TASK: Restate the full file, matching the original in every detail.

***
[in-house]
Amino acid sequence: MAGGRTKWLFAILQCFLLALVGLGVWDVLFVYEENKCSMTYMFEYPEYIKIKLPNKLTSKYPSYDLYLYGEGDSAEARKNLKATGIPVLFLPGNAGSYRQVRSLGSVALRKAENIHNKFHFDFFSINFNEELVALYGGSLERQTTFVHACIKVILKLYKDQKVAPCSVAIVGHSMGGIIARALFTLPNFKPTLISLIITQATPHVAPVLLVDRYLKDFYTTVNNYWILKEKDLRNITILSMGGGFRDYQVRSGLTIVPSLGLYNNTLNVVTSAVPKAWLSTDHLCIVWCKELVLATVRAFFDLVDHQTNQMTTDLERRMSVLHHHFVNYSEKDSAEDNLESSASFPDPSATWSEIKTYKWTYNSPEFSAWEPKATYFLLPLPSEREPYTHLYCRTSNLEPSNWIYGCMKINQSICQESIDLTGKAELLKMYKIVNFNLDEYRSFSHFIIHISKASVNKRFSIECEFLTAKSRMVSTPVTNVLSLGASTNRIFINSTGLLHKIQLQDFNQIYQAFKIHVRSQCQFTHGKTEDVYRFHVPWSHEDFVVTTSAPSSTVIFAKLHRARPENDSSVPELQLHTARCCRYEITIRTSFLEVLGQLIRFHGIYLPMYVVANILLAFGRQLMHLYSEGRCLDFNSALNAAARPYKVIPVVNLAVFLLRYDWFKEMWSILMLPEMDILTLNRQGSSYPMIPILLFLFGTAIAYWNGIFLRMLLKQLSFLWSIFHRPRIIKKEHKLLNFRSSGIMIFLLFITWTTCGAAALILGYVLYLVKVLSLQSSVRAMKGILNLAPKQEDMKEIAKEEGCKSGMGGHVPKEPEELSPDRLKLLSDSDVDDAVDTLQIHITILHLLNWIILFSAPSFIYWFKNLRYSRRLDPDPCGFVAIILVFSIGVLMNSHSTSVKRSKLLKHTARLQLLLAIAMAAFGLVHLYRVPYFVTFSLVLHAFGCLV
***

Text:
[in-house]
Amino acid sequence: MAGGRTKWLFAILQCFLLALVGLGVWDVLFVYEENKCSMTYMFEYPEYIKIKLPNKLTSKYPSYDLYLYGEGDSAEARKNLKATGIPVLFLPGNAGSYRQVRSLGSVALRKAENIHNKFHFDFFSINFNEELVALYGGSLERQTTFVHACIKVILKLYKDQKVAPCSVAIVGHSMGGIIARALFTLPNFKPTLISLIITQATPHVAPVLLVDRYLKDFYTTVNNYWILKEKDLRNITILSMGGGFRDYQVRSGLTIVPSLGLYNNTLNVVTSAVPKAWLSTDHLCIVWCKELVLATVRAFFDLVDHQTNQMTTDLERRMSVLHHHFVNYSEKDSAEDNLESSASFPDPSATWSEIKTYKWTYNSPEFSAWEPKATYFLLPLPSEREPYTHLYCRTSNLEPSNWIYGCMKINQSICQESIDLTGKAELLKMYKIVNFNLDEYRSFSHFIIHISKASVNKRFSIECEFLTAKSRMVSTPVTNVLSLGASTNRIFINSTGLLHKIQLQDFNQIYQAFKIHVRSQCQFTHGKTEDVYRFHVPWSHEDFVVTTSAPSSTVIFAKLHRARPENDSSVPELQLHTARCCRYEITIRTSFLEVLGQLIRFHGIYLPMYVVANILLAFGRQLMHLYSEGRCLDFNSALNAAARPYKVIPVVNLAVFLLRYDWFKEMWSILMLPEMDILTLNRQGSSYPMIPILLFLFGTAIAYWNGIFLRMLLKQLSFLWSIFHRPRIIKKEHKLLNFRSSGIMIFLLFITWTTCGAAALILGYVLYLVKVLSLQSSVRAMKGILNLAPKQEDMKEIAKEEGCKSGMGGHVPKEPEELSPDRLKLLSDSDVDDAVDTLQIHITILHLLNWIILFSAPSFIYWFKNLRYSRRLDPDPCGFVAIILVFSIGVLMNSHSTSVKRSKLLKHTARLQLLLAIAMAAFGLVHLYRVPYFVTFSLVLHAFGCLV